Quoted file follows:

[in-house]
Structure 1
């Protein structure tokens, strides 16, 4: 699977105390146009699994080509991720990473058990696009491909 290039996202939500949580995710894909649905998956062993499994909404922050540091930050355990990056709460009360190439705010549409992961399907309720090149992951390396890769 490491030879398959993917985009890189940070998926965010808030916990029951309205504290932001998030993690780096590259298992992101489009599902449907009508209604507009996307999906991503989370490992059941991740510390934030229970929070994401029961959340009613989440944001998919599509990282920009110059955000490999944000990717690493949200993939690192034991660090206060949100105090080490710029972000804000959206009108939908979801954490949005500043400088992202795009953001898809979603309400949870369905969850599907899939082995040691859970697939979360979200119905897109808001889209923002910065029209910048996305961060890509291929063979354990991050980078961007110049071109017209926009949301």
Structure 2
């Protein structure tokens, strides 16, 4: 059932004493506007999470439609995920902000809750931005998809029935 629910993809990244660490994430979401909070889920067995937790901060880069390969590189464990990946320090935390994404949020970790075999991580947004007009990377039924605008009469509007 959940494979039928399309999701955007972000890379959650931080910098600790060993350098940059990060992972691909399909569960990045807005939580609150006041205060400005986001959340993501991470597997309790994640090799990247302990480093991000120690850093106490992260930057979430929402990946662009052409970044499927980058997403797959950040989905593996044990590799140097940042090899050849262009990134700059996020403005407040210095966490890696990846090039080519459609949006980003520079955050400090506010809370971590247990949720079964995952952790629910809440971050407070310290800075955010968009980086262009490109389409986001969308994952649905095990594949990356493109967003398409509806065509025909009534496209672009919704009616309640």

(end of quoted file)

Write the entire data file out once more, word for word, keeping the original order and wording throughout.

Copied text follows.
[in-house]
Structure 1
């Protein structure tokens, strides 16, 4: 699977105390146009699994080509991720990473058990696009491909 290039996202939500949580995710894909649905998956062993499994909404922050540091930050355990990056709460009360190439705010549409992961399907309720090149992951390396890769 490491030879398959993917985009890189940070998926965010808030916990029951309205504290932001998030993690780096590259298992992101489009599902449907009508209604507009996307999906991503989370490992059941991740510390934030229970929070994401029961959340009613989440944001998919599509990282920009110059955000490999944000990717690493949200993939690192034991660090206060949100105090080490710029972000804000959206009108939908979801954490949005500043400088992202795009953001898809979603309400949870369905969850599907899939082995040691859970697939979360979200119905897109808001889209923002910065029209910048996305961060890509291929063979354990991050980078961007110049071109017209926009949301």
Structure 2
């Protein structure tokens, strides 16, 4: 059932004493506007999470439609995920902000809750931005998809029935 629910993809990244660490994430979401909070889920067995937790901060880069390969590189464990990946320090935390994404949020970790075999991580947004007009990377039924605008009469509007 959940494979039928399309999701955007972000890379959650931080910098600790060993350098940059990060992972691909399909569960990045807005939580609150006041205060400005986001959340993501991470597997309790994640090799990247302990480093991000120690850093106490992260930057979430929402990946662009052409970044499927980058997403797959950040989905593996044990590799140097940042090899050849262009990134700059996020403005407040210095966490890696990846090039080519459609949006980003520079955050400090506010809370971590247990949720079964995952952790629910809440971050407070310290800075955010968009980086262009490109389409986001969308994952649905095990594949990356493109967003398409509806065509025909009534496209672009919704009616309640």